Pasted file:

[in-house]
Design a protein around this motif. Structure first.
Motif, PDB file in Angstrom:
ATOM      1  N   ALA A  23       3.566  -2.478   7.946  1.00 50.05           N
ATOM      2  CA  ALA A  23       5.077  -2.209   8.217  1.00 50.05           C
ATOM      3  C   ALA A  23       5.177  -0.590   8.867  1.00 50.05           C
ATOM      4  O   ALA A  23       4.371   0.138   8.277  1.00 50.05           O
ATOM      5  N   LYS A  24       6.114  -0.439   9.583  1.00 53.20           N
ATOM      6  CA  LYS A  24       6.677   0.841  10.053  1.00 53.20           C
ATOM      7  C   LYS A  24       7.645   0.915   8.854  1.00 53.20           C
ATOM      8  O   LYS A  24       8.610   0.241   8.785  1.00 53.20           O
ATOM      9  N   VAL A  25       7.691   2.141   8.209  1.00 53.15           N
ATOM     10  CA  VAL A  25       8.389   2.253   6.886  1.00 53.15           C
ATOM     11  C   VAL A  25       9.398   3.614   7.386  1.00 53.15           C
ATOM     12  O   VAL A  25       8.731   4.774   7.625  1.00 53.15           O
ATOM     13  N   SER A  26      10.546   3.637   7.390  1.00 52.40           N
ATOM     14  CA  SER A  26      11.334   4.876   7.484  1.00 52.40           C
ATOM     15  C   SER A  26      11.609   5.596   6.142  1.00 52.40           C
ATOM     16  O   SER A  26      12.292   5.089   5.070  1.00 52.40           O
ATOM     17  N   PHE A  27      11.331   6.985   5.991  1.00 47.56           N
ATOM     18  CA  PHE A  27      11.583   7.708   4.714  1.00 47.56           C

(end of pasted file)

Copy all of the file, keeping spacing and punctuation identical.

[in-house]
Design a protein around this motif. Structure first.
Motif, PDB file in Angstrom:
ATOM      1  N   ALA A  23       3.566  -2.478   7.946  1.00 50.05           N
ATOM      2  CA  ALA A  23       5.077  -2.209   8.217  1.00 50.05           C
ATOM      3  C   ALA A  23       5.177  -0.590   8.867  1.00 50.05           C
ATOM      4  O   ALA A  23       4.371   0.138   8.277  1.00 50.05           O
ATOM      5  N   LYS A  24       6.114  -0.439   9.583  1.00 53.20           N
ATOM      6  CA  LYS A  24       6.677   0.841  10.053  1.00 53.20           C
ATOM      7  C   LYS A  24       7.645   0.915   8.854  1.00 53.20           C
ATOM      8  O   LYS A  24       8.610   0.241   8.785  1.00 53.20           O
ATOM      9  N   VAL A  25       7.691   2.141   8.209  1.00 53.15           N
ATOM     10  CA  VAL A  25       8.389   2.253   6.886  1.00 53.15           C
ATOM     11  C   VAL A  25       9.398   3.614   7.386  1.00 53.15           C
ATOM     12  O   VAL A  25       8.731   4.774   7.625  1.00 53.15           O
ATOM     13  N   SER A  26      10.546   3.637   7.390  1.00 52.40           N
ATOM     14  CA  SER A  26      11.334   4.876   7.484  1.00 52.40           C
ATOM     15  C   SER A  26      11.609   5.596   6.142  1.00 52.40           C
ATOM     16  O   SER A  26      12.292   5.089   5.070  1.00 52.40           O
ATOM     17  N   PHE A  27      11.331   6.985   5.991  1.00 47.56           N
ATOM     18  CA  PHE A  27      11.583   7.708   4.714  1.00 47.56           C